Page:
Max Verstappen encouraged by Honda gains

Max Verstappen says the work done between Red Bull and Honda over the winter is looking promising but that he is reserving judgment on the RB16B’s potential until pre-season testing. Red Bull completed a 100km shakedown of its new car at Silverstone on Wednesday, while also running a two-year-old RB15 at the same time. This […]

0

Max Verstappen says the work done between Red Bull and Honda over the winter is looking promising but that he is reserving judgment on the RB16B’s potential until pre-season testing.

Red Bull completed a 100km shakedown of its new car at Silverstone on Wednesday, while also running a two-year-old RB15 at the same time. This year’s car is the last in full partnership with Honda before Red Bull takes over the power unit technology and the Japanese manufacturer leaves Formula 1, and a lot of work has been fast-tracked on the engine front as a result.

Describing what he wants from the new car when it runs in anger for the first time in Bahrain, Verstappen says: “More grip, more power.

“People always talked about the rear end being so twitchy — I think it’s just general grip we were lacking a bit. Also, we were a bit down on power. We know that — there’s no secret behind it, you can see it.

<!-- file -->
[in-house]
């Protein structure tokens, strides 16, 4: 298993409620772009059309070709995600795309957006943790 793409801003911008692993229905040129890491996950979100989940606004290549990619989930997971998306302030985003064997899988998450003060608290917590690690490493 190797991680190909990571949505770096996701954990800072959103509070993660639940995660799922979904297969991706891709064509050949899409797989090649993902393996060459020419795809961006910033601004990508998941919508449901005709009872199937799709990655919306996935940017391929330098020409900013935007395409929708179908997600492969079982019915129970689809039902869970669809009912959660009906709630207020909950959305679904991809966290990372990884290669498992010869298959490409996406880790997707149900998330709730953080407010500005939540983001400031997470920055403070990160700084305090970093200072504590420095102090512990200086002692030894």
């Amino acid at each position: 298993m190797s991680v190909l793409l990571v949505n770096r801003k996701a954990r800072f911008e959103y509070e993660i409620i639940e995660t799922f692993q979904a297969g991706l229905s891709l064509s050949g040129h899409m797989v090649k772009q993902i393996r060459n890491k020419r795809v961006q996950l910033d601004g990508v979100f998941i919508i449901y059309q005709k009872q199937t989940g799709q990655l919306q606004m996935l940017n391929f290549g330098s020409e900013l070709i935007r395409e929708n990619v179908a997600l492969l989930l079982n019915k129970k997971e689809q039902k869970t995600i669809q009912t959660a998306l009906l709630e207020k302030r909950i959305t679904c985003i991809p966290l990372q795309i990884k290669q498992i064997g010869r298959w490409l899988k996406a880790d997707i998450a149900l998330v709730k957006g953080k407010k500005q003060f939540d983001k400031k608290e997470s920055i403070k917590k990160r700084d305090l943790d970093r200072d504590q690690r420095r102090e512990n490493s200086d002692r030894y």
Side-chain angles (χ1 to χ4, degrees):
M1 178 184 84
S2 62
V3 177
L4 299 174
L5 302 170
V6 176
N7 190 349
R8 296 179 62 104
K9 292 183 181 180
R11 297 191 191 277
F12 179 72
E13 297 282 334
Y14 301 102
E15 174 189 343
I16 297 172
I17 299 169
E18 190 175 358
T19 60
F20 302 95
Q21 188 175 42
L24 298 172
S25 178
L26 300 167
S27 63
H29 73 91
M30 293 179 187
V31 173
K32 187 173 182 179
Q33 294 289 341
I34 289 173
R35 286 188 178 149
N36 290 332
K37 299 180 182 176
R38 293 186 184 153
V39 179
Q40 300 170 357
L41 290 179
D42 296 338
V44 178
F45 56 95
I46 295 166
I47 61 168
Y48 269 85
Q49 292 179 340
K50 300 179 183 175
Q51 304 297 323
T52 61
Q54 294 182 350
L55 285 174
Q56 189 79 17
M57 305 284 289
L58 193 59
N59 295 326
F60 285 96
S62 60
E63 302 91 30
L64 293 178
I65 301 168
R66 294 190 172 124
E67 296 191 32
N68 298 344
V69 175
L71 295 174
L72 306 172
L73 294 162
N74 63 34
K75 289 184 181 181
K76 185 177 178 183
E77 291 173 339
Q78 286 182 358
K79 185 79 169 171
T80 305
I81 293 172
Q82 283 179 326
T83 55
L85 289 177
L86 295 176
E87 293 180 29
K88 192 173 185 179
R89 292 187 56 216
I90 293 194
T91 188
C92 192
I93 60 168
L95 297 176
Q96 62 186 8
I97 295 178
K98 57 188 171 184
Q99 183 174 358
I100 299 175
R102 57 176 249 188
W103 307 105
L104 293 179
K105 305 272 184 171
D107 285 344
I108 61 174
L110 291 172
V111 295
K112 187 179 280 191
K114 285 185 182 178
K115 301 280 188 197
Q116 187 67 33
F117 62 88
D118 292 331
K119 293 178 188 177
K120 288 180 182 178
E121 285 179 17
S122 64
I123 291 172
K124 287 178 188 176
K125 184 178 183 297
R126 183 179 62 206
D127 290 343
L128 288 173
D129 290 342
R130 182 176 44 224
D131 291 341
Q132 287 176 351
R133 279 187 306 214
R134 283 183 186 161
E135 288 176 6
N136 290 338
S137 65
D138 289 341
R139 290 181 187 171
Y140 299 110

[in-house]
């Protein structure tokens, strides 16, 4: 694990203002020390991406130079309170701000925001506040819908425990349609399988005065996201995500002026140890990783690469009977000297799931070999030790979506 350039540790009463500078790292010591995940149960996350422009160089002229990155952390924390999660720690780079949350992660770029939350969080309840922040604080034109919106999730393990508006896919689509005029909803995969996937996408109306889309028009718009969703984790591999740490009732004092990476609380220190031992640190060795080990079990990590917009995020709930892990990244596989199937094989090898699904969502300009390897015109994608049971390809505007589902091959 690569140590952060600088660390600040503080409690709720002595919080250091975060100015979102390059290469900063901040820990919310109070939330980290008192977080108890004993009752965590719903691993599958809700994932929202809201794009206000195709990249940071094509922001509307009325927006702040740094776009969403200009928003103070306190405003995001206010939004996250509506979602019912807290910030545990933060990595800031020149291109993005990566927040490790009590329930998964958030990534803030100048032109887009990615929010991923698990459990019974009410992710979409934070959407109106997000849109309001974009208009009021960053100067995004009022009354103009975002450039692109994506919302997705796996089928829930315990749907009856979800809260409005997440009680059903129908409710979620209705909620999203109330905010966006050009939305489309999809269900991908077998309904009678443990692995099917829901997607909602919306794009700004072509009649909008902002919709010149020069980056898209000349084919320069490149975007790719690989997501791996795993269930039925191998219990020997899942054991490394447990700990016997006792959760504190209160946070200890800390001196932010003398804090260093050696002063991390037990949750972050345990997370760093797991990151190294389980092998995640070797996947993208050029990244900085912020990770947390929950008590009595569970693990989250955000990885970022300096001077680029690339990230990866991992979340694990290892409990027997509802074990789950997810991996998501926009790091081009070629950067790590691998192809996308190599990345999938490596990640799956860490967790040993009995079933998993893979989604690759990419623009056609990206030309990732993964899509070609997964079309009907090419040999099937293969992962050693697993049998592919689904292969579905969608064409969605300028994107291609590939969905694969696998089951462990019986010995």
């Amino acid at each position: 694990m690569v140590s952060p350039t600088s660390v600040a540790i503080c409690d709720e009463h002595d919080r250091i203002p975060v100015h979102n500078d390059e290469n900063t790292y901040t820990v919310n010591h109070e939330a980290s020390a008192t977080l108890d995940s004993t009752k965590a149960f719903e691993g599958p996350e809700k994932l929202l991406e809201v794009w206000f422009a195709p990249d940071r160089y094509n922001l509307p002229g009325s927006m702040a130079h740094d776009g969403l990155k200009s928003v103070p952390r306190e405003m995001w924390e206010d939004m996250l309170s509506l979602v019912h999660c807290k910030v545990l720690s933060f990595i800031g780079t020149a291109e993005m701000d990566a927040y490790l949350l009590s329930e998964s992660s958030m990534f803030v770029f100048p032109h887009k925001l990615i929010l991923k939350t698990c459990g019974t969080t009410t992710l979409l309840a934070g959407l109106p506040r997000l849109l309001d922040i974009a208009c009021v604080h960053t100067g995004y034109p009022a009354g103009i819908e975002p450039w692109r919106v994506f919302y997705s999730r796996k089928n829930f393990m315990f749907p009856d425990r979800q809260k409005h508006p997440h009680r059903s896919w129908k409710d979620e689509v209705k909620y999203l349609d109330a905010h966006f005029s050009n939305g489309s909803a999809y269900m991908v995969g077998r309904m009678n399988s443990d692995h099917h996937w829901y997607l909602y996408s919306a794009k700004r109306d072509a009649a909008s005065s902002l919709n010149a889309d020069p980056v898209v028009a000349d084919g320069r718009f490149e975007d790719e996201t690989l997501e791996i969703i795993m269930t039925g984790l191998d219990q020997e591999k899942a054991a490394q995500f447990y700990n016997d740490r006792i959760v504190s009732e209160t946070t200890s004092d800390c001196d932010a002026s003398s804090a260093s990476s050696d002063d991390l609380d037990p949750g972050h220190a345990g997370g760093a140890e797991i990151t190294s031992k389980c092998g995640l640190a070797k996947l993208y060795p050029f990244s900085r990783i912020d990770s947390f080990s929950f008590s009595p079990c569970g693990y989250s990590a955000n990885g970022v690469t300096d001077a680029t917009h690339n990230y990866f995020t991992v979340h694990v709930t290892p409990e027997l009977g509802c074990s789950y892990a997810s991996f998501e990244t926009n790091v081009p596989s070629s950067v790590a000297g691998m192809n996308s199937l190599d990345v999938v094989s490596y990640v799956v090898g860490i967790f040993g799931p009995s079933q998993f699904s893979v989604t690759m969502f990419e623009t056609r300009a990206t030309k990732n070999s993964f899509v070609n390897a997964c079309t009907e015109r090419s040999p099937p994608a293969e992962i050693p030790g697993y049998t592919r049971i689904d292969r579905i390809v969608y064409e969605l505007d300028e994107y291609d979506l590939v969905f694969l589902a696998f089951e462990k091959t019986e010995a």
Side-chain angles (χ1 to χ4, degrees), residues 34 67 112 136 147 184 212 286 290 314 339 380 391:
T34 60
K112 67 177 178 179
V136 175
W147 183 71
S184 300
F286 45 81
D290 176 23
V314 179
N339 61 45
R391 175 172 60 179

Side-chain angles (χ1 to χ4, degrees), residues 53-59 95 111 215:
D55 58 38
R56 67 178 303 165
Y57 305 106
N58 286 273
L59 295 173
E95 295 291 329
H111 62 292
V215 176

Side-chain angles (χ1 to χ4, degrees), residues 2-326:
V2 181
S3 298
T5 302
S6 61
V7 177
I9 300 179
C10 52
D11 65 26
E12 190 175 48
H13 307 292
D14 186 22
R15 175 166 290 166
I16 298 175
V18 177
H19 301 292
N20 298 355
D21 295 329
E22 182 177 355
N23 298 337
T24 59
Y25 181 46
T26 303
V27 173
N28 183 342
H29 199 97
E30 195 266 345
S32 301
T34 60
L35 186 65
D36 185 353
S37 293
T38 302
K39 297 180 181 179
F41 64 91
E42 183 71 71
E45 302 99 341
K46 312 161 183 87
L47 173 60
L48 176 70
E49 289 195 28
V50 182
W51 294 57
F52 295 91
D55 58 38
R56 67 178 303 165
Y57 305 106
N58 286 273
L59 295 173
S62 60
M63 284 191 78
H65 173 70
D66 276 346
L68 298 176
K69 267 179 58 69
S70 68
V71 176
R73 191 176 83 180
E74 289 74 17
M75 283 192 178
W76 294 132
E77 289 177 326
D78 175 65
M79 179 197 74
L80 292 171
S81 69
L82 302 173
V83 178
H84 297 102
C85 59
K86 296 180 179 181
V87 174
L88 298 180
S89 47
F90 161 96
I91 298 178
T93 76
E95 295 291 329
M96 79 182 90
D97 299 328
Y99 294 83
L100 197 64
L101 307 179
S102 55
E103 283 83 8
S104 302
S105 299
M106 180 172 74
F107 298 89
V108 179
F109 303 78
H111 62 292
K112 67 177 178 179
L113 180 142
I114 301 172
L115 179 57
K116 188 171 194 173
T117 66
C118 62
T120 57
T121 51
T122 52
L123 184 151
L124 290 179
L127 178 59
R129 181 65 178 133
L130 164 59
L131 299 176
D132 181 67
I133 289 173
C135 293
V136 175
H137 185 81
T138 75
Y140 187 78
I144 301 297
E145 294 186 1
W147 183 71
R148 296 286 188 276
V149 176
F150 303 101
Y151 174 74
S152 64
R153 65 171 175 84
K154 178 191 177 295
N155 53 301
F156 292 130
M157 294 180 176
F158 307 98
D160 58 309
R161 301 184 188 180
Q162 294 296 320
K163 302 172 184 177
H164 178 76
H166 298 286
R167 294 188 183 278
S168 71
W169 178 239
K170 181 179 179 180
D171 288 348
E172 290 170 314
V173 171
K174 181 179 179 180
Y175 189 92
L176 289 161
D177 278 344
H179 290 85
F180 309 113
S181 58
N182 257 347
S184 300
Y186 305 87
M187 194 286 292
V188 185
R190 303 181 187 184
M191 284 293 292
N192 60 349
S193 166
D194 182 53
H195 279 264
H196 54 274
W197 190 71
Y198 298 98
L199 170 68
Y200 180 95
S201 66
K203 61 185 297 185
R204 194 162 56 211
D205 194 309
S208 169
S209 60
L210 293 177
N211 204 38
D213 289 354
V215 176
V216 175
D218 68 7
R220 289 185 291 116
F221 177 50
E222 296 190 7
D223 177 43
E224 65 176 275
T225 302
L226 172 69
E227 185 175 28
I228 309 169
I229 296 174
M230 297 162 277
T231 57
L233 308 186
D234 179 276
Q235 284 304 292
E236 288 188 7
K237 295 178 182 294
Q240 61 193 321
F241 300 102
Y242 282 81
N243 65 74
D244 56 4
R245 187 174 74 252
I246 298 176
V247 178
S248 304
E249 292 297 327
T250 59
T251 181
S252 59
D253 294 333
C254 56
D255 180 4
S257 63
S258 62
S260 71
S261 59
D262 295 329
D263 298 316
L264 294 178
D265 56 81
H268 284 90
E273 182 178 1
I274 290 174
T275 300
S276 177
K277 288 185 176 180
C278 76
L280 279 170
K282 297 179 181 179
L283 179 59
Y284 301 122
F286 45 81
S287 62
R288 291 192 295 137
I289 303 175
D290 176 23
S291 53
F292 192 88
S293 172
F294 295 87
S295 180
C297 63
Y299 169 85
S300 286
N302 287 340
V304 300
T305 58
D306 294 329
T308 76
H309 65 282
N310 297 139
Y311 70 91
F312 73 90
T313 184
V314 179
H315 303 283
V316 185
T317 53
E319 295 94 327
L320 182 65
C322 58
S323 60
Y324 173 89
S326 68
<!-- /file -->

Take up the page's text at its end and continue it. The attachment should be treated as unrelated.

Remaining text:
“So we worked a lot with Honda throughout the winter. It’s all looking promising but it doesn’t make sense now to hype it all up. First, it’s more important to get to the track in Bahrain and try to do the best amount of learning we can on the car and the engine to optimize everything.”

Although teammate Sergio Perez said he could feel the potential of the RB16B during the shakedown, Verstappen has a different approach and isn’t reading anything into the car on demo tires. However, he is confident that Red Bull took the right approach by developing last year’s sometimes difficult car longer than Mercedes in order to learn more for this season.

“The car is always on the edge and a fast car is never super easy to drive, because if it becomes super easy to drive, most of the time it is too understeery anyway. I just wanted more grip — it doesn’t mean that it’s tricky to drive because you just adapt to the situation you are in.

“I think at the end of the season Mercedes stopped developing that car from whenever, June or July, because you couldn’t really see a lot of updates. We just kept learning and we know we had a few issues with that car and we wanted to improve it. Also, knowing the regulations wouldn’t change that much — obviously the floor changed a bit but in general the car stayed very much the same. For us it was important to get on top of that and let’s see this year if we improved it even more and we are even better. Hopefully we can be more competitive compared to Mercedes.”

Leave a Reply

Your email address will not be published. Required fields are marked *